With free agency kicking off tomorrow, the off season is just about to kick into high gear. Teams are going to spend hundreds of millions of dollars to acquire new talent, and potential contenders are going to be trading away young players to acquire the proven star to put them over the top. If you think your team has a chance to win in 2009, you’ll probably witness a press conference where your GM introduces you to the guy who will make the difference – the final piece of the puzzle.
As you’re watching, keep in mind that the hyperbole rarely matches reality. Let’s take a look at the big moves last year, and how the teams both gaining and losing the star performed in 2008.
Mets acquire Johan Santana from Minnesota for a group of prospects.
After winning 88 games and losing the division to Philly thanks to a late season collapse in 2007, the Mets went out and got the game’s best pitcher in order to shore up their rotation. The cost was four prospects and a $140 million contract, but it was Johan Santana…
The Mets won 89 games and lost the division to Philly thanks to a late season collapse.
The Twins, meanwhile, had struggled to just 79 wins in 2007, and were looking at a rebuilding effort. Santana was traded away, Torii Hunter and Carlos Silva left via free agency, and the team had to replace a lot of production with unproven minor leaguers.
The Twins won 88 games, a ten win improvement, and missed the playoffs by a single game.
I don’t know that I can write about this trade again without punching a wall, so here’s the short version – the Mariners collapsed, the Orioles improved, and it’s going down as one of the worst trades in franchise history. Let’s just move on.
Diamondbacks acquire Dan Haren from the A’s for a group of prospects.
The D’backs had just won 90 games and the N.L. West, so by adding Dan Haren to bolster their rotation behind Brandon Webb, the hope was that he’d be the guy who could make them a legitimate World Series contender. Instead, they won 82 games and ceded the division crown to the Dodgers.
Meanwhile, the A’s had won just 76 games with Haren the year before, but kicked off a big rebuilding by dealing away a lot of major league talent. After replacing them with prospects and low cost acquisitions, the A’s won 75 games, almost equaling their win total with Haren.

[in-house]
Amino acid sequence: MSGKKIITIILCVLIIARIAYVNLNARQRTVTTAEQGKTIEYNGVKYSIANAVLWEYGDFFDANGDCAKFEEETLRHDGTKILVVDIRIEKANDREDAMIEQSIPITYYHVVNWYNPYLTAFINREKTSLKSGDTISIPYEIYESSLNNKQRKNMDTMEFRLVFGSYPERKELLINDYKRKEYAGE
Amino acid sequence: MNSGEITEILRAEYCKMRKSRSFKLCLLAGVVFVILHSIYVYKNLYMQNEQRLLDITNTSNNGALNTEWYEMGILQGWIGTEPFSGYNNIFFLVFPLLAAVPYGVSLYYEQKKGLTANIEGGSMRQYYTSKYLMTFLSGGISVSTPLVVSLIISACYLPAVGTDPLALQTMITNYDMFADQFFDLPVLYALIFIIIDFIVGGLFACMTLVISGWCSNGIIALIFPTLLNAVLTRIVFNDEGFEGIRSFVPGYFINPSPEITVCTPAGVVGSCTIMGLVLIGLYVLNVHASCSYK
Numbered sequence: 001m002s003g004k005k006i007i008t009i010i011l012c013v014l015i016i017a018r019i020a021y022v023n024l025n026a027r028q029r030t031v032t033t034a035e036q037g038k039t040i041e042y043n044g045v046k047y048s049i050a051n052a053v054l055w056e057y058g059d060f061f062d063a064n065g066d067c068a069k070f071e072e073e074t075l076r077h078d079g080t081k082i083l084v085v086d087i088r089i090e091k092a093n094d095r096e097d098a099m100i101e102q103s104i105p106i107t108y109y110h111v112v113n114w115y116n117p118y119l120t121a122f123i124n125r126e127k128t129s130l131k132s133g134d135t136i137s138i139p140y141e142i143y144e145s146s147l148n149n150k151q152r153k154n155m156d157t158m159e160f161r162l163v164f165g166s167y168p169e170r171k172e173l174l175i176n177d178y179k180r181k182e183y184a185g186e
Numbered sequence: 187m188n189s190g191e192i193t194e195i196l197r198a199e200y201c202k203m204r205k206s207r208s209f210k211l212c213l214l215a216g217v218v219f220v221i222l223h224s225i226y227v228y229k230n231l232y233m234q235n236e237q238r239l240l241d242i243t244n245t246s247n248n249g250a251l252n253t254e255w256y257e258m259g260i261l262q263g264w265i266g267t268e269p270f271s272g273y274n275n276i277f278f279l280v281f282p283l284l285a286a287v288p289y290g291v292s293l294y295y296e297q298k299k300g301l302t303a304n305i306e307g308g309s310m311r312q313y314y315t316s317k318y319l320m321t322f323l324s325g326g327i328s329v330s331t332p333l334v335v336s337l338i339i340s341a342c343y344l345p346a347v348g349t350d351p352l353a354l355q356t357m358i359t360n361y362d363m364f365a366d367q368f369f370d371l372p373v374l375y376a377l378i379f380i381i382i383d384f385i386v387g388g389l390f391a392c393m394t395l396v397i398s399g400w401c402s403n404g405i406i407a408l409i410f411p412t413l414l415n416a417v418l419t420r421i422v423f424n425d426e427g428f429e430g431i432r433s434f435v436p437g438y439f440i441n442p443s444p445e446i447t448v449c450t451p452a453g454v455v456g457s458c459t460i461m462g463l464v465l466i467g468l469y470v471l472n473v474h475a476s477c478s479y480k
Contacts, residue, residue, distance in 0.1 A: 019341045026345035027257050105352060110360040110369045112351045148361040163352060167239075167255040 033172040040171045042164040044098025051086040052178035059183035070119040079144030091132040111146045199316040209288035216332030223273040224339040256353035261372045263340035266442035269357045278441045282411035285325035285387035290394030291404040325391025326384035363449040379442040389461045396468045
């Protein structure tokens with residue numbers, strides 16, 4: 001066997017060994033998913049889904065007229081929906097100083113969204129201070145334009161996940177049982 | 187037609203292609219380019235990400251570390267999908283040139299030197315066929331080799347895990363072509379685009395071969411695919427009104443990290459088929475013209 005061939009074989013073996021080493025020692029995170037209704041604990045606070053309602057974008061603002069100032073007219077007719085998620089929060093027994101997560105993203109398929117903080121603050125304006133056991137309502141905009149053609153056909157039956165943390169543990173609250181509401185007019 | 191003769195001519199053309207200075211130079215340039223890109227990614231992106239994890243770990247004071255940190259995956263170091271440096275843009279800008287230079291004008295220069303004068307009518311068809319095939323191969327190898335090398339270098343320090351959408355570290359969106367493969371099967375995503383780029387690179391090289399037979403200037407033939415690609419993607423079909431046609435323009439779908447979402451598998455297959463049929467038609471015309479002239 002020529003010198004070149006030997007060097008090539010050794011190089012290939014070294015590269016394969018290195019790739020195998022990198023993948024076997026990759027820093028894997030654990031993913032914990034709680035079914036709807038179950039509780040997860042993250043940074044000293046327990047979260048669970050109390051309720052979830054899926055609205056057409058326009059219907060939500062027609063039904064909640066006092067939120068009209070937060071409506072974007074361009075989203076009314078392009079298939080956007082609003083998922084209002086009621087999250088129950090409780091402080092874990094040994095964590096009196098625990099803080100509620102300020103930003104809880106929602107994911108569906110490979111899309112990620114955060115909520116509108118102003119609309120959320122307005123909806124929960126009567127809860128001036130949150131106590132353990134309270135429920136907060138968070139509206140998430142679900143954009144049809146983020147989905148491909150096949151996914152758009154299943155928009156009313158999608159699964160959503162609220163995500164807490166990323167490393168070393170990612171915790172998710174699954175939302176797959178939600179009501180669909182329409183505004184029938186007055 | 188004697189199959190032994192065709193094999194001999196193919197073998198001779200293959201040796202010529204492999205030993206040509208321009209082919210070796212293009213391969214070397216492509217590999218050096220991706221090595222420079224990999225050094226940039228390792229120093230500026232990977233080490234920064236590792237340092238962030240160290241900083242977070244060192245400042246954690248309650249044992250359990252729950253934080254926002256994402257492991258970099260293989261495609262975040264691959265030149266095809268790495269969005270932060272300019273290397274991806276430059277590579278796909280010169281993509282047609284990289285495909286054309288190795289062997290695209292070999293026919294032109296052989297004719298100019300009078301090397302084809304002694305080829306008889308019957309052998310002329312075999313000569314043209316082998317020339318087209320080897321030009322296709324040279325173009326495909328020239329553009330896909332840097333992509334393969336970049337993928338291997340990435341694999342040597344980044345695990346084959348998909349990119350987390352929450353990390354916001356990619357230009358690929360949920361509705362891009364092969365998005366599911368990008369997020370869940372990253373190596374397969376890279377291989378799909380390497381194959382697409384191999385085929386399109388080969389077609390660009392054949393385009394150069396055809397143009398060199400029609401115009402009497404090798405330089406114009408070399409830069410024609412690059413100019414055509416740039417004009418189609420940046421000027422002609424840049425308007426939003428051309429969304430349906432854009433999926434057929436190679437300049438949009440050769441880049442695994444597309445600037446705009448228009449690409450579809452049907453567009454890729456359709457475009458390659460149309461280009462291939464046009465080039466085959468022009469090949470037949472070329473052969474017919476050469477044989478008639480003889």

Coming off an 88 win season, the Tigers wanted to track down the division winning Indians and added one of the game’s best young hitters in order to do so. Cabrera’s presence was supposed to make Detroit’s offense the most feared in the game, allowing them to just go toe to toe with their opponents and win by slugging. Instead, the team fell apart, the offense underachieved, and the Tigers won just 74 games, a huge step backwards from 2007.
The Marlins, perennial cost savers, had won just 71 games in 2007, even with Cabrera and Hanley Ramirez providing an offensive spark. With his big payday coming, they moved their best hitter and the team’s highest profile starting pitcher for a bunch of guys who weren’t quite major league ready. This step back in talent led to a 13 win improvement, as the Marlins won 84 games and hung around the wild card race for most of the summer.
Four big trades of all-star caliber players, and in every single case, the rebuilding team either held steady or got significantly better while the contender didn’t improve at all, and in some cases, got a lot worse. Clearly, this isn’t to say that the new players were the cause of the change in performance, but it should be an object lesson – teams are not built around one or two players. You need a good roster, not just a single all-star, to be a true contender.
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